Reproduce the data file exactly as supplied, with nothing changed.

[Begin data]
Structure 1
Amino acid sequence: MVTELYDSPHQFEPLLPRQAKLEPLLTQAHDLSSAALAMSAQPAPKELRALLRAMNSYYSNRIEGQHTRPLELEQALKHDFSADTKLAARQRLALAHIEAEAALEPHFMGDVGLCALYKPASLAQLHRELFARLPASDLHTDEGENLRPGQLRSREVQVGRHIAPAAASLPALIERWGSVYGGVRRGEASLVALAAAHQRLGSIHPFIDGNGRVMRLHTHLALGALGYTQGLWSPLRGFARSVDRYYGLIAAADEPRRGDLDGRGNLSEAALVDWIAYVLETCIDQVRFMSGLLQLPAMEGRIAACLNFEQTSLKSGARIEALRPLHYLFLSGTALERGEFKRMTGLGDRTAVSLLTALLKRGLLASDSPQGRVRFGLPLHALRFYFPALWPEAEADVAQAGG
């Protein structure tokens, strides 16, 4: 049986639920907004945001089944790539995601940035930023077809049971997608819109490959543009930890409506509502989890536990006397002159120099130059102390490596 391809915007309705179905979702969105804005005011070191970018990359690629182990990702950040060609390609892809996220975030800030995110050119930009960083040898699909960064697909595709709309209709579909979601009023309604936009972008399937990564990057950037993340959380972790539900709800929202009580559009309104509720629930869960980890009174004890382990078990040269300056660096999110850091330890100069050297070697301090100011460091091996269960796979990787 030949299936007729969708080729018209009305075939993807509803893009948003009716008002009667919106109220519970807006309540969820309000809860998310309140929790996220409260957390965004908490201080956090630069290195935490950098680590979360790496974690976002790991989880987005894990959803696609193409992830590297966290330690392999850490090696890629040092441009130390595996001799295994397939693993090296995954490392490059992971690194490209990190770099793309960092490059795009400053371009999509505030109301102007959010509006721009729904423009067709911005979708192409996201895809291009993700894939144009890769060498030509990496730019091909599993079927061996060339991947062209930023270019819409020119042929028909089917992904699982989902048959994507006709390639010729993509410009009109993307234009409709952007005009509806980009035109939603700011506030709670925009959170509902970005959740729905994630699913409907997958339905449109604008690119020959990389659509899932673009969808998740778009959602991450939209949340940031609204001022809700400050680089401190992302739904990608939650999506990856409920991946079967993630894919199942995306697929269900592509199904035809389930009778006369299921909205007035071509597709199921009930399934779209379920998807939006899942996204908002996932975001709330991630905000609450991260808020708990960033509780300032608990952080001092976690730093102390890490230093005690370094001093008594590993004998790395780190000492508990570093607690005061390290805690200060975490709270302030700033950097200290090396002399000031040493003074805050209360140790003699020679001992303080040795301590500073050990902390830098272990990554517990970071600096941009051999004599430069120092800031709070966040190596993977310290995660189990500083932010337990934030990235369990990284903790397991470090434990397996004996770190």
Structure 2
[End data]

Structure 1
Amino acid sequence: MVTELYDSPHQFEPLLPRQAKLEPLLTQAHDLSSAALAMSAQPAPKELRALLRAMNSYYSNRIEGQHTRPLELEQALKHDFSADTKLAARQRLALAHIEAEAALEPHFMGDVGLCALYKPASLAQLHRELFARLPASDLHTDEGENLRPGQLRSREVQVGRHIAPAAASLPALIERWGSVYGGVRRGEASLVALAAAHQRLGSIHPFIDGNGRVMRLHTHLALGALGYTQGLWSPLRGFARSVDRYYGLIAAADEPRRGDLDGRGNLSEAALVDWIAYVLETCIDQVRFMSGLLQLPAMEGRIAACLNFEQTSLKSGARIEALRPLHYLFLSGTALERGEFKRMTGLGDRTAVSLLTALLKRGLLASDSPQGRVRFGLPLHALRFYFPALWPEAEADVAQAGG
């Protein structure tokens, strides 16, 4: 049986639920907004945001089944790539995601940035930023077809049971997608819109490959543009930890409506509502989890536990006397002159120099130059102390490596 391809915007309705179905979702969105804005005011070191970018990359690629182990990702950040060609390609892809996220975030800030995110050119930009960083040898699909960064697909595709709309209709579909979601009023309604936009972008399937990564990057950037993340959380972790539900709800929202009580559009309104509720629930869960980890009174004890382990078990040269300056660096999110850091330890100069050297070697301090100011460091091996269960796979990787 030949299936007729969708080729018209009305075939993807509803893009948003009716008002009667919106109220519970807006309540969820309000809860998310309140929790996220409260957390965004908490201080956090630069290195935490950098680590979360790496974690976002790991989880987005894990959803696609193409992830590297966290330690392999850490090696890629040092441009130390595996001799295994397939693993090296995954490392490059992971690194490209990190770099793309960092490059795009400053371009999509505030109301102007959010509006721009729904423009067709911005979708192409996201895809291009993700894939144009890769060498030509990496730019091909599993079927061996060339991947062209930023270019819409020119042929028909089917992904699982989902048959994507006709390639010729993509410009009109993307234009409709952007005009509806980009035109939603700011506030709670925009959170509902970005959740729905994630699913409907997958339905449109604008690119020959990389659509899932673009969808998740778009959602991450939209949340940031609204001022809700400050680089401190992302739904990608939650999506990856409920991946079967993630894919199942995306697929269900592509199904035809389930009778006369299921909205007035071509597709199921009930399934779209379920998807939006899942996204908002996932975001709330991630905000609450991260808020708990960033509780300032608990952080001092976690730093102390890490230093005690370094001093008594590993004998790395780190000492508990570093607690005061390290805690200060975490709270302030700033950097200290090396002399000031040493003074805050209360140790003699020679001992303080040795301590500073050990902390830098272990990554517990970071600096941009051999004599430069120092800031709070966040190596993977310290995660189990500083932010337990934030990235369990990284903790397991470090434990397996004996770190």
Structure 2